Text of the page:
WASHINGTON D.C.– As we observe Women’s History Month and approach the ten-year anniversary of the repeal of “Don’t Ask, Don’t Tell,” I had the opportunity to interview Army Reserve Maj. Gen. Tammy Smith, the first openly gay service member promoted to general officer, about leadership and the responsibility of visibility.
In reviewing Gen. Smith’s biography, what stands out is a career history that reflects a woman operating in predominantly male combat training units and deployment environments. To Gen. Smith however, her experiences were par for the course.
“My experiences were very typical for women in the military in the late 80’s and early 90’s, in that you show up to a unit and you are most likely the only woman. In the company command positions for basic training, there were about 31 captains that had the opportunity to command and there were only two of us who were women at any one time,” said Smith. “It was the same thing when I went to Fort Polk. It was the first time that women had been assigned to the Combat Training Center for the Army. So it was me and maybe two or three other women amongst the 200-300 men that showed up that summer.”
Though the ratios of women to men haven’t changed significantly and this experience is still rather typical for women in the military today, positive changes have developed over time.
“What’s important is that our allies have grown in the ranks. Those individuals who maybe in the past would have purposefully excluded women as not being part of the unit or organization are now allies that are no longer that gatekeeper. To me that’s very positive,” said Smith. “You get a great deal of respect for doing your job well and for being tactically and technically proficient, and as much as people may want to exclude you for your gender, they can’t ignore when you’re good at what you’re doing.”
Recognizing the significance of her presence as a senior female officer, Gen. Smith discussed what she realised throughout her career.
“What I have learned with 35 years of perspective now when people say things like, ‘Wow Smith, you really busted through the glass ceiling,’ is that I’ve really just passed through the hole that other women before me created and have made it a little bit bigger for the women coming behind me,” said Smith. “I have the perspective now to know that progress is iterative. When you’re in it you don’t feel like you’re making progress. You want things to happen faster and you get frustrated that people around you don’t understand, but when you look back over time you realize that these iterations are evidence that people did get it and things have continued to move in a positive direction for women in the military.”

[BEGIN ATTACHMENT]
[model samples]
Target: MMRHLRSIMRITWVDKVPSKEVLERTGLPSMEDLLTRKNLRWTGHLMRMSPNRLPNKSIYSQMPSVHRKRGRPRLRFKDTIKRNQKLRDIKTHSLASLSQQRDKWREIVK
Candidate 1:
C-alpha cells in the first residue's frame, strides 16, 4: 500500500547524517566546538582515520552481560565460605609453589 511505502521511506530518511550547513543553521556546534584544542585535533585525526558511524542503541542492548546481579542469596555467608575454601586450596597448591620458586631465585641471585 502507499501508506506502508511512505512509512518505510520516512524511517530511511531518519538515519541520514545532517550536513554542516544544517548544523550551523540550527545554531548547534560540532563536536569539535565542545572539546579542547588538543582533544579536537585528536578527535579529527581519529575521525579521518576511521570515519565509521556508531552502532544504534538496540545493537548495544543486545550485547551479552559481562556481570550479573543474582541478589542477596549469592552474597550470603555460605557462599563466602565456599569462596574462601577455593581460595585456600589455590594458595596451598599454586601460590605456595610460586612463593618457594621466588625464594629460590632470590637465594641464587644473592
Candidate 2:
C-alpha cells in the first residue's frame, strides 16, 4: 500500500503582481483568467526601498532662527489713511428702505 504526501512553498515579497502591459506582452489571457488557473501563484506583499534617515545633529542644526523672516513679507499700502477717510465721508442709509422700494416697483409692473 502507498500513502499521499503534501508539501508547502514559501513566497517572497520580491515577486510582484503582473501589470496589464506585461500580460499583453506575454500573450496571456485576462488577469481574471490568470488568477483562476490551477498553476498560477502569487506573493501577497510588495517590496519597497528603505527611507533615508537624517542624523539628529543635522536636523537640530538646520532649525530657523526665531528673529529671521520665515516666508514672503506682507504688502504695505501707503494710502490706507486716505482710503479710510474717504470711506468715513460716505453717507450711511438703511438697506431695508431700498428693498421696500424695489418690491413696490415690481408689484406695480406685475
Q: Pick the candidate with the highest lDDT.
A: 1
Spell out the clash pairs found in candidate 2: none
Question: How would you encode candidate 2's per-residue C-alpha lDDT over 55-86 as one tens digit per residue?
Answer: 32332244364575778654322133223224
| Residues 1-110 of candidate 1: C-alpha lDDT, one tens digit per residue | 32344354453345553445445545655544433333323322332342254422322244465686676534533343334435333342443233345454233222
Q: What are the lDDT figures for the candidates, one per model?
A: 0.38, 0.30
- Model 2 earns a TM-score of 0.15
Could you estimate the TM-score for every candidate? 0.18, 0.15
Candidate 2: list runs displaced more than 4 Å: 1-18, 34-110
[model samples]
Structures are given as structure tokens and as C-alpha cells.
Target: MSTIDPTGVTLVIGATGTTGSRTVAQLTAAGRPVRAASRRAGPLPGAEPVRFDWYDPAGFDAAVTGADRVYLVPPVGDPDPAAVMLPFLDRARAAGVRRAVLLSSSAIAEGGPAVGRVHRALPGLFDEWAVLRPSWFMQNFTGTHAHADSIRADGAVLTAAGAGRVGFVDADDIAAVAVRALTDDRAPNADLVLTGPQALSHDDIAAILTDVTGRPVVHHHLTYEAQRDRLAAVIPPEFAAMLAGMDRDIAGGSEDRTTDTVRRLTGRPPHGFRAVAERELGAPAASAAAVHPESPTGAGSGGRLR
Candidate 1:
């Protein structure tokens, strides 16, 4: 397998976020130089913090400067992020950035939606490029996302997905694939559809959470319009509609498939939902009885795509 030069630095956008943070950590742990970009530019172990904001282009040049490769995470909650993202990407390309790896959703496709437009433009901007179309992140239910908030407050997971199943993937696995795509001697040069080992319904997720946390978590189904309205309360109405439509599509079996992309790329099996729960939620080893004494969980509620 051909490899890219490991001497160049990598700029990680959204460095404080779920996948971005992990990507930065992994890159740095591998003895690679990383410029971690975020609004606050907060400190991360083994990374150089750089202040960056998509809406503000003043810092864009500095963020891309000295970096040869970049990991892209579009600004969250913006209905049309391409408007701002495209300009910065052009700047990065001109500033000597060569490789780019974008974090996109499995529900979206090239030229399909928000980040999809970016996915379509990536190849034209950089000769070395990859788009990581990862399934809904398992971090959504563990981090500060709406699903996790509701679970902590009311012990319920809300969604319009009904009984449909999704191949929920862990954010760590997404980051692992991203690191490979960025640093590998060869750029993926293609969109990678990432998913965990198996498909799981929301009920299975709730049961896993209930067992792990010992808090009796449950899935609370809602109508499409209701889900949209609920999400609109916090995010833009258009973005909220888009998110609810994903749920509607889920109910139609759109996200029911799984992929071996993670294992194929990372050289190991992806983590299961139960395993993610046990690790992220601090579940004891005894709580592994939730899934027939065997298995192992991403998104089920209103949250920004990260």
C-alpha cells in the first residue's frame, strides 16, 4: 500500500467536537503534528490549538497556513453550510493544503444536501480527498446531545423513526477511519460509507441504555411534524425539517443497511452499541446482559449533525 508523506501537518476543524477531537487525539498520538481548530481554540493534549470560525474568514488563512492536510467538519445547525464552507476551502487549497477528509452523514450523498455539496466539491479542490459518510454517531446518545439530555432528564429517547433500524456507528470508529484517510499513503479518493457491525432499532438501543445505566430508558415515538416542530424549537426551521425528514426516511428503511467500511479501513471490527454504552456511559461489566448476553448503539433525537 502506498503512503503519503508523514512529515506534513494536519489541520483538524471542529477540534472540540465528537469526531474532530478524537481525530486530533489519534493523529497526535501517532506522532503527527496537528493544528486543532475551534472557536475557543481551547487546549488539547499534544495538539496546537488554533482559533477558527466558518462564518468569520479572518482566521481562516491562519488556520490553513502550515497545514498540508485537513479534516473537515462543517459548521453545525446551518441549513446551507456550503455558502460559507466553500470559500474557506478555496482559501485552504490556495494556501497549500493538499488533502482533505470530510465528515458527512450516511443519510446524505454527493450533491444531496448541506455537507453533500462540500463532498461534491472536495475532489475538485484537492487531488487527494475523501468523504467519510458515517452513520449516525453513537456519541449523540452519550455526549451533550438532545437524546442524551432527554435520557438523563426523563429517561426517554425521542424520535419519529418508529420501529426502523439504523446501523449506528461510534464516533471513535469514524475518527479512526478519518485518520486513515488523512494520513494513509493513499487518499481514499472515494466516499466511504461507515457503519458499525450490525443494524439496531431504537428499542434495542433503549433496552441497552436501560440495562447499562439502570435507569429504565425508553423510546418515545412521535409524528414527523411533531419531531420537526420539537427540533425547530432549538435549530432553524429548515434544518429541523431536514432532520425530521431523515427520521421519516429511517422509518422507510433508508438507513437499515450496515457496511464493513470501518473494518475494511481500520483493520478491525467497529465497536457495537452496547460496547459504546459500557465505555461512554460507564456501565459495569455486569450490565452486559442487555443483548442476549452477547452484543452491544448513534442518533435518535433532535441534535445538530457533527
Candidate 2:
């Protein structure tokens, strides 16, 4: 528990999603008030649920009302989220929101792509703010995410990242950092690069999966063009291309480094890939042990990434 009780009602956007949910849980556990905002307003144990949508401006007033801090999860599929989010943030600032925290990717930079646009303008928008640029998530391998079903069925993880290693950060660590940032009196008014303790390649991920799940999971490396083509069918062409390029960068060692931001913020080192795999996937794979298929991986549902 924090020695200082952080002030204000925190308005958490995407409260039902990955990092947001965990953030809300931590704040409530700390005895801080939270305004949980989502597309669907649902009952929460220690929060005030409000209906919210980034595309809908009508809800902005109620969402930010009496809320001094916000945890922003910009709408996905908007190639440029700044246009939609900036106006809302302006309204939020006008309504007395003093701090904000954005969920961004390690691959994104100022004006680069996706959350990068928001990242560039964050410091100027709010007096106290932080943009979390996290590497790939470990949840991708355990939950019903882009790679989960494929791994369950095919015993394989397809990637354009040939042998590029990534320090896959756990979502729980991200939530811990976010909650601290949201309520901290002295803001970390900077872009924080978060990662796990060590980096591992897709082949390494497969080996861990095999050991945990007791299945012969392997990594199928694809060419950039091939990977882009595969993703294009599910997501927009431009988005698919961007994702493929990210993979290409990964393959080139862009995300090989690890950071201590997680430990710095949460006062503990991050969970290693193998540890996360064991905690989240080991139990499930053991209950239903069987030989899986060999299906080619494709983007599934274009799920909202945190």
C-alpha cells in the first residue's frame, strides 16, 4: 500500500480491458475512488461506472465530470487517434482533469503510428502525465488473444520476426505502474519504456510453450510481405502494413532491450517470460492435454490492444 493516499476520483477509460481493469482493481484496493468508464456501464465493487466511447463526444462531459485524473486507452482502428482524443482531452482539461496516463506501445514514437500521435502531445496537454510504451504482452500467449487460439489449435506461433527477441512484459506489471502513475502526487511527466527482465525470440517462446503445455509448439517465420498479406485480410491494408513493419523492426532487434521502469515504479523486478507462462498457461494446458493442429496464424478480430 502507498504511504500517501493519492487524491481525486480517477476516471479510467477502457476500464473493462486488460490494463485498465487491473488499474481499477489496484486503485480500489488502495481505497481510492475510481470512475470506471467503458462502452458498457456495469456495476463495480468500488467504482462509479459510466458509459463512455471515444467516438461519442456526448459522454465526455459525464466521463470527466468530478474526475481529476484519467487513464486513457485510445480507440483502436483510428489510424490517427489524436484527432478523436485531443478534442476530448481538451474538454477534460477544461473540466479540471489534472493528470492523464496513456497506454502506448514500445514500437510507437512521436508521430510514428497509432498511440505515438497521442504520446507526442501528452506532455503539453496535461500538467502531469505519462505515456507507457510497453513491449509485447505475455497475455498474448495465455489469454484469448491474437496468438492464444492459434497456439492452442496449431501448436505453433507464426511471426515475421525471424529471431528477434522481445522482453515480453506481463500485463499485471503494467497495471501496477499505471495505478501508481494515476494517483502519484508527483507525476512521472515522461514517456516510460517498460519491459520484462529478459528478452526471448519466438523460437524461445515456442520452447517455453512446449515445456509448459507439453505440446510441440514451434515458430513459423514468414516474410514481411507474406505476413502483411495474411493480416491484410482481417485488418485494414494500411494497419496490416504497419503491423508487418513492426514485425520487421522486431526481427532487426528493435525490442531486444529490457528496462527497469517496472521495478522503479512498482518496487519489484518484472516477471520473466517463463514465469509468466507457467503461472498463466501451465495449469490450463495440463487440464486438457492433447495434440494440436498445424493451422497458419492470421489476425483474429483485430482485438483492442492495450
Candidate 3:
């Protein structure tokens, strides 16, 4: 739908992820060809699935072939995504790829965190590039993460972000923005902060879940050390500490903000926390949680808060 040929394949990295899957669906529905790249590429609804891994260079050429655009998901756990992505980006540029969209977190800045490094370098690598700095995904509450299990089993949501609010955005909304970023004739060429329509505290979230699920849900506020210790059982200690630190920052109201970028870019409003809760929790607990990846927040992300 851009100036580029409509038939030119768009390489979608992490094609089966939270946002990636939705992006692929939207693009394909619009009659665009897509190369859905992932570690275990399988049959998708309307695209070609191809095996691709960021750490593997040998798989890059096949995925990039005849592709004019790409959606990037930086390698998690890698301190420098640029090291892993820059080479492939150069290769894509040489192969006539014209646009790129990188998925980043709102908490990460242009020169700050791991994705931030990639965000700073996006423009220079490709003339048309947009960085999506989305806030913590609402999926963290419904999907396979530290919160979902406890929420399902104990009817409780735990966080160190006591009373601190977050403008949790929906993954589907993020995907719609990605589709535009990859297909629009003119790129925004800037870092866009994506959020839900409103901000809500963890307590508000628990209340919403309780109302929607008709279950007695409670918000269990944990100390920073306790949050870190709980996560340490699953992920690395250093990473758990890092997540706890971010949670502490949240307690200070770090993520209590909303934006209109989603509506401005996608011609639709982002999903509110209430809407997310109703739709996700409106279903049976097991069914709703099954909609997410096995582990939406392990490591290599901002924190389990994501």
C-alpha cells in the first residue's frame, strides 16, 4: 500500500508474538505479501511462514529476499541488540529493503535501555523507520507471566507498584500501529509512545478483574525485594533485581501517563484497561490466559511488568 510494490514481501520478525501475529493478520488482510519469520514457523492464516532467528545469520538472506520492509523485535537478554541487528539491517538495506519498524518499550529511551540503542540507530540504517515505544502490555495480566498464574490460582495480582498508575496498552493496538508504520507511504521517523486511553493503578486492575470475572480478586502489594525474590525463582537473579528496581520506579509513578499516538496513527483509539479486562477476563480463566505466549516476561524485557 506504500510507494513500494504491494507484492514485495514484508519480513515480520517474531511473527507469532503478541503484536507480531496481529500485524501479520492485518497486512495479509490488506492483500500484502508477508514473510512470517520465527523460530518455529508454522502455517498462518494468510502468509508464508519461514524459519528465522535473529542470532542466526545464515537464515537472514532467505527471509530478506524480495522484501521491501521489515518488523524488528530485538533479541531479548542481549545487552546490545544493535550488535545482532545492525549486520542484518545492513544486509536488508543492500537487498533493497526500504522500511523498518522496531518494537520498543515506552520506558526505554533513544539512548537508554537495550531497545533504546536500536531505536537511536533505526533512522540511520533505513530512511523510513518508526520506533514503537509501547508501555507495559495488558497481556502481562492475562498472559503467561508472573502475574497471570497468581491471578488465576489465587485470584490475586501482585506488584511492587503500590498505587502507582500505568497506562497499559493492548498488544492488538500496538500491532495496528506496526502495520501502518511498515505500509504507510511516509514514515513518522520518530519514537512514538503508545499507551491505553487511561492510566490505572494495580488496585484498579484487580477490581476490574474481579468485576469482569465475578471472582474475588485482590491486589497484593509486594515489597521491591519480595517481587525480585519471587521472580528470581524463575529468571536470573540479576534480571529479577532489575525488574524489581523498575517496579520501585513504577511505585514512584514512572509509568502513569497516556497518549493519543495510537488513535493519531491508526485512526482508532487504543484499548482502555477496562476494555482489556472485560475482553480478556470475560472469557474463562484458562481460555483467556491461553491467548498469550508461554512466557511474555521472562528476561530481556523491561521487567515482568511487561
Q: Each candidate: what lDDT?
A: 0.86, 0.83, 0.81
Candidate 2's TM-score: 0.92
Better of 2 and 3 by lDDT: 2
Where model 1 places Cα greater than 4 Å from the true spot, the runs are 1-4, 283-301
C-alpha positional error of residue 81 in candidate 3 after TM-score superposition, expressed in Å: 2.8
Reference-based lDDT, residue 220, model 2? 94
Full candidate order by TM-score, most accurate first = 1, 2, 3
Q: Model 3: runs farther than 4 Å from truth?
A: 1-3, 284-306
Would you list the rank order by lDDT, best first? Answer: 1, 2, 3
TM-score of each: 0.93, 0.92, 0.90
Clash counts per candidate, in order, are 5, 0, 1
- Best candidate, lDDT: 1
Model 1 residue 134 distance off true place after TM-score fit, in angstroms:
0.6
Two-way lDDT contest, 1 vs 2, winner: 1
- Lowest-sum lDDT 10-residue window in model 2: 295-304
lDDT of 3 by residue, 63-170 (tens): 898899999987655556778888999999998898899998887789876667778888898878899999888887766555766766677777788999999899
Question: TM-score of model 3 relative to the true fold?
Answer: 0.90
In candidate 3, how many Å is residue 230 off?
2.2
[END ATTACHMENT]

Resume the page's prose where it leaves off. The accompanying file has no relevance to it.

Exploring the intersection of her identity as both a female and a lesbian officer serving under the discriminatory DADT policy, Gen. Smith talked about her experience serving as the Chief of Army Reserve Affairs for U.S. Forces Afghanistan.
“I think that, as a Colonel, the experience was kind of isolating. There weren’t many senior women there and so I didn’t have a peer group of other women, but that same isolation I felt was also a protective factor for me, being there while Don’t Ask, Don’t Tell was still in place,” said Smith. “In the lockbox back at home was my ‘just in case’ letter, giving Tracey permission to talk about our lives and help people understand what our life was like should something happen to me. I’m glad we’re past the time where families like mine don’t have to do that anymore.”
The DADT policy was repealed in September 2011, finally giving then Colonel Smith the opportunity to have her wife openly acknowledged and a part of her promotion ceremony to the rank of Brig. Gen. After a career of hiding her personal life however, the decision to come out on a public stage was not an easy one.
“The big step was terrifying for me, because as many people who had to hide their life for as many years as I had, it was a big shift for me to be okay with being as open as this promotion ceremony was going to make us. On my own iterative path toward being comfortable with my own life, it was a really big deal,” said Smith.
That fear however, did not outweigh the responsibility of visibility she felt to represent the long-silenced LGBTQ military community.
“As a leader I knew the importance of that ceremony. So from a leader perspective, even though I was afraid, I knew it was the right thing to do just to be a regular military family and step into that role with Tracey,” said Smith. “I took great responsibility in making sure that I did that and created opportunities for others that share my platform in a way that made people understand that we’re just Soldiers, Sailors, Airmen and Marines that want to do a good job for our country.”